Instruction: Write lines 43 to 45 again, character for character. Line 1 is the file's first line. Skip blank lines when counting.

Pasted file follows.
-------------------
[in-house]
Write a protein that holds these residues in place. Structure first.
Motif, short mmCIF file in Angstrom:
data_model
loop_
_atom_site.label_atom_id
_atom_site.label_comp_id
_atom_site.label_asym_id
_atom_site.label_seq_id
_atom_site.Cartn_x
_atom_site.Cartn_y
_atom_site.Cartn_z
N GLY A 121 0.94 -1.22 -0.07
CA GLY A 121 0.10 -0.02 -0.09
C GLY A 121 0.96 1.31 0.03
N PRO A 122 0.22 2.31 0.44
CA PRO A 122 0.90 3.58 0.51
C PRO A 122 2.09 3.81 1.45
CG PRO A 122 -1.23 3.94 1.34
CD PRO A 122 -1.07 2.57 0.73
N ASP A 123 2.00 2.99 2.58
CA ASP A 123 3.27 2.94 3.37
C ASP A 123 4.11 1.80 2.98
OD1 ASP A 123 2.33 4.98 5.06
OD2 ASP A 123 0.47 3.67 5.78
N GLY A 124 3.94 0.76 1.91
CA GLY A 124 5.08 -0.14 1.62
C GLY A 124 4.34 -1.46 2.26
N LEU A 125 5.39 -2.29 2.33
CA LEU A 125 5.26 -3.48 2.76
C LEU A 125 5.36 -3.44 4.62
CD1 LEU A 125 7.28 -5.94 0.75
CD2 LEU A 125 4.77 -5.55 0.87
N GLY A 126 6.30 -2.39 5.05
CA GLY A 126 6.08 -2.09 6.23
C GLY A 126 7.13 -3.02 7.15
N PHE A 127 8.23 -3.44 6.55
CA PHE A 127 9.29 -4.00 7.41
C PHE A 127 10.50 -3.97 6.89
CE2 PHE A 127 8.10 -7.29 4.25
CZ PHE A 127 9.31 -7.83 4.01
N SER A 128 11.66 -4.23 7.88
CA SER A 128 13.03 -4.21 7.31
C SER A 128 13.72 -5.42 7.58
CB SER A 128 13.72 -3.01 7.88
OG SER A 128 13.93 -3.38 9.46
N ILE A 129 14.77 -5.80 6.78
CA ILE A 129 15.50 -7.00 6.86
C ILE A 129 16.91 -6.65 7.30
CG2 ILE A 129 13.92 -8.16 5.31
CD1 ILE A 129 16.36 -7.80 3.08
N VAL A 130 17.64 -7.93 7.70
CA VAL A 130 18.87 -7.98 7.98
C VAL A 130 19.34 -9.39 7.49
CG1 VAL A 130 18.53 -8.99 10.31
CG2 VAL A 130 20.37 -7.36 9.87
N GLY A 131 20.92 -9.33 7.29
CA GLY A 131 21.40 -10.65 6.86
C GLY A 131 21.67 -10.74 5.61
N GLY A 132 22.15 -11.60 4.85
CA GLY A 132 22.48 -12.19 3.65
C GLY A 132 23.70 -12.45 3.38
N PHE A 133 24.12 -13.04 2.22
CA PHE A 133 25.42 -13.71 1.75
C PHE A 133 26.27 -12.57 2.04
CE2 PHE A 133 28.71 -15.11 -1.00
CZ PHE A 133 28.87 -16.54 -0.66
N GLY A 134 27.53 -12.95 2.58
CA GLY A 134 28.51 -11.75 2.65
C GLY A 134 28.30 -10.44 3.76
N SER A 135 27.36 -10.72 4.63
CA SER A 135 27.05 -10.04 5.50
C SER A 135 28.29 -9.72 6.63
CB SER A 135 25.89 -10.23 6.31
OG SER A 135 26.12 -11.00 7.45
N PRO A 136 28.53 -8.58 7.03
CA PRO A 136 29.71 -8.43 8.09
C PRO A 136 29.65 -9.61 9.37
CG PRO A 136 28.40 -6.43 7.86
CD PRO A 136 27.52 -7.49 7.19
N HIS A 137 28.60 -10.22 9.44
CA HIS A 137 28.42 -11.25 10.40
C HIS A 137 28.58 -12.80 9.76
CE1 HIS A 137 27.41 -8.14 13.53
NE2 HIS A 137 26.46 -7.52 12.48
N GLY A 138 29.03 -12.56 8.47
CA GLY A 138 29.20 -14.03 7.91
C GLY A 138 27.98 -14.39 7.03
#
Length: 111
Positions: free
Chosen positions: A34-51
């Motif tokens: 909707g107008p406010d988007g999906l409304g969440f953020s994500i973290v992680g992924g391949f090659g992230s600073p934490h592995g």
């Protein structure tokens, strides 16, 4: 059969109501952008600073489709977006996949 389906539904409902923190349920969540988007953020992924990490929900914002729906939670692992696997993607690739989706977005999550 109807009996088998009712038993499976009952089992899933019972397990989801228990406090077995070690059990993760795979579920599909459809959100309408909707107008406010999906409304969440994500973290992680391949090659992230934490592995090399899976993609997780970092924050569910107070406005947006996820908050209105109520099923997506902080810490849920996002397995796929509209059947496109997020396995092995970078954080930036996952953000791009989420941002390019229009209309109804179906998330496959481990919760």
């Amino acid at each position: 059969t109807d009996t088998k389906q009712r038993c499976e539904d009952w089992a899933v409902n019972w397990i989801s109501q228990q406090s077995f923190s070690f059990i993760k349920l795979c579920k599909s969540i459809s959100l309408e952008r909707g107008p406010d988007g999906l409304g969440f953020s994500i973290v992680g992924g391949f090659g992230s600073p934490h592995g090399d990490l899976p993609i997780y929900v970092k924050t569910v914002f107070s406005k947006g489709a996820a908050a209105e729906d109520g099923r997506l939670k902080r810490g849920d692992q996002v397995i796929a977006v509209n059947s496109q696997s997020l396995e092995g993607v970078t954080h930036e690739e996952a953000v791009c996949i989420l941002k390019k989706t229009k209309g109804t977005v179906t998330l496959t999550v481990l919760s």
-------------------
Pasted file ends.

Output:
CA SER A 128 13.03 -4.21 7.31
C SER A 128 13.72 -5.42 7.58
CB SER A 128 13.72 -3.01 7.88